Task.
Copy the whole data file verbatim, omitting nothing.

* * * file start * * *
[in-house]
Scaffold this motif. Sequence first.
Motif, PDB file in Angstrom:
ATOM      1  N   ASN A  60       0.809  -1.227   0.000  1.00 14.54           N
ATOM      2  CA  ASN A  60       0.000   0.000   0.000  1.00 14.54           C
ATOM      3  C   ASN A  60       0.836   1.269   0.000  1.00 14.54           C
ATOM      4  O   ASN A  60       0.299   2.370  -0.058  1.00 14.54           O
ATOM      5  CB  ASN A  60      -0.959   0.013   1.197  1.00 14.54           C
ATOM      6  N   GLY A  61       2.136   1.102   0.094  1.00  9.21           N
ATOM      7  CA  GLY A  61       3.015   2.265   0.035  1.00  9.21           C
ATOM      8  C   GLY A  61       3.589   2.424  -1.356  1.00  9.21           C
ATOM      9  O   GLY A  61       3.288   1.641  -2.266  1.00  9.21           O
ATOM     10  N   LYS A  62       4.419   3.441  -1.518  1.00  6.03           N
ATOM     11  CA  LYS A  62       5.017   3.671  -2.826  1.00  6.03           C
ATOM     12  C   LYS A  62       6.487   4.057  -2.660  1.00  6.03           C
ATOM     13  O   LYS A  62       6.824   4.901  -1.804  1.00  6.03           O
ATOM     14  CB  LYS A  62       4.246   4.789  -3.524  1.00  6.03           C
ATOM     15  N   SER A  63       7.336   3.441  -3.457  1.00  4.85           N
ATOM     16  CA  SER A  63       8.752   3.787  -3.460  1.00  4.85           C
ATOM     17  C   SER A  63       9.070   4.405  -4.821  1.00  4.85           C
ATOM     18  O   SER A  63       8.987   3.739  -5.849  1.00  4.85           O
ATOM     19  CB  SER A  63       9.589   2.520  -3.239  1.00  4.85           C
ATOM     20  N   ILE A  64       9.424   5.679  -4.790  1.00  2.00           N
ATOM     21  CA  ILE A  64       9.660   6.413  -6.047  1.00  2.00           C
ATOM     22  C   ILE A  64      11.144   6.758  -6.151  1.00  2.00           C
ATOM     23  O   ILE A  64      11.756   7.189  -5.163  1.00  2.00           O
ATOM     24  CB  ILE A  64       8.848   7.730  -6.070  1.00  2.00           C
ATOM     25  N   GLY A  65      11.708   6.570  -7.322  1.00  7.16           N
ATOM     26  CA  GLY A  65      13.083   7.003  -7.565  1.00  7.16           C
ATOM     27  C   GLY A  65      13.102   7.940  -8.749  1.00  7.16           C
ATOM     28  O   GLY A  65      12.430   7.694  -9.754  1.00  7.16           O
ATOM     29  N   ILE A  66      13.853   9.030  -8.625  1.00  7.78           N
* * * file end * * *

[in-house]
Scaffold this motif. Sequence first.
Motif, PDB file in Angstrom:
ATOM      1  N   ASN A  60       0.809  -1.227   0.000  1.00 14.54           N
ATOM      2  CA  ASN A  60       0.000   0.000   0.000  1.00 14.54           C
ATOM      3  C   ASN A  60       0.836   1.269   0.000  1.00 14.54           C
ATOM      4  O   ASN A  60       0.299   2.370  -0.058  1.00 14.54           O
ATOM      5  CB  ASN A  60      -0.959   0.013   1.197  1.00 14.54           C
ATOM      6  N   GLY A  61       2.136   1.102   0.094  1.00  9.21           N
ATOM      7  CA  GLY A  61       3.015   2.265   0.035  1.00  9.21           C
ATOM      8  C   GLY A  61       3.589   2.424  -1.356  1.00  9.21           C
ATOM      9  O   GLY A  61       3.288   1.641  -2.266  1.00  9.21           O
ATOM     10  N   LYS A  62       4.419   3.441  -1.518  1.00  6.03           N
ATOM     11  CA  LYS A  62       5.017   3.671  -2.826  1.00  6.03           C
ATOM     12  C   LYS A  62       6.487   4.057  -2.660  1.00  6.03           C
ATOM     13  O   LYS A  62       6.824   4.901  -1.804  1.00  6.03           O
ATOM     14  CB  LYS A  62       4.246   4.789  -3.524  1.00  6.03           C
ATOM     15  N   SER A  63       7.336   3.441  -3.457  1.00  4.85           N
ATOM     16  CA  SER A  63       8.752   3.787  -3.460  1.00  4.85           C
ATOM     17  C   SER A  63       9.070   4.405  -4.821  1.00  4.85           C
ATOM     18  O   SER A  63       8.987   3.739  -5.849  1.00  4.85           O
ATOM     19  CB  SER A  63       9.589   2.520  -3.239  1.00  4.85           C
ATOM     20  N   ILE A  64       9.424   5.679  -4.790  1.00  2.00           N
ATOM     21  CA  ILE A  64       9.660   6.413  -6.047  1.00  2.00           C
ATOM     22  C   ILE A  64      11.144   6.758  -6.151  1.00  2.00           C
ATOM     23  O   ILE A  64      11.756   7.189  -5.163  1.00  2.00           O
ATOM     24  CB  ILE A  64       8.848   7.730  -6.070  1.00  2.00           C
ATOM     25  N   GLY A  65      11.708   6.570  -7.322  1.00  7.16           N
ATOM     26  CA  GLY A  65      13.083   7.003  -7.565  1.00  7.16           C
ATOM     27  C   GLY A  65      13.102   7.940  -8.749  1.00  7.16           C
ATOM     28  O   GLY A  65      12.430   7.694  -9.754  1.00  7.16           O
ATOM     29  N   ILE A  66      13.853   9.030  -8.625  1.00  7.78           N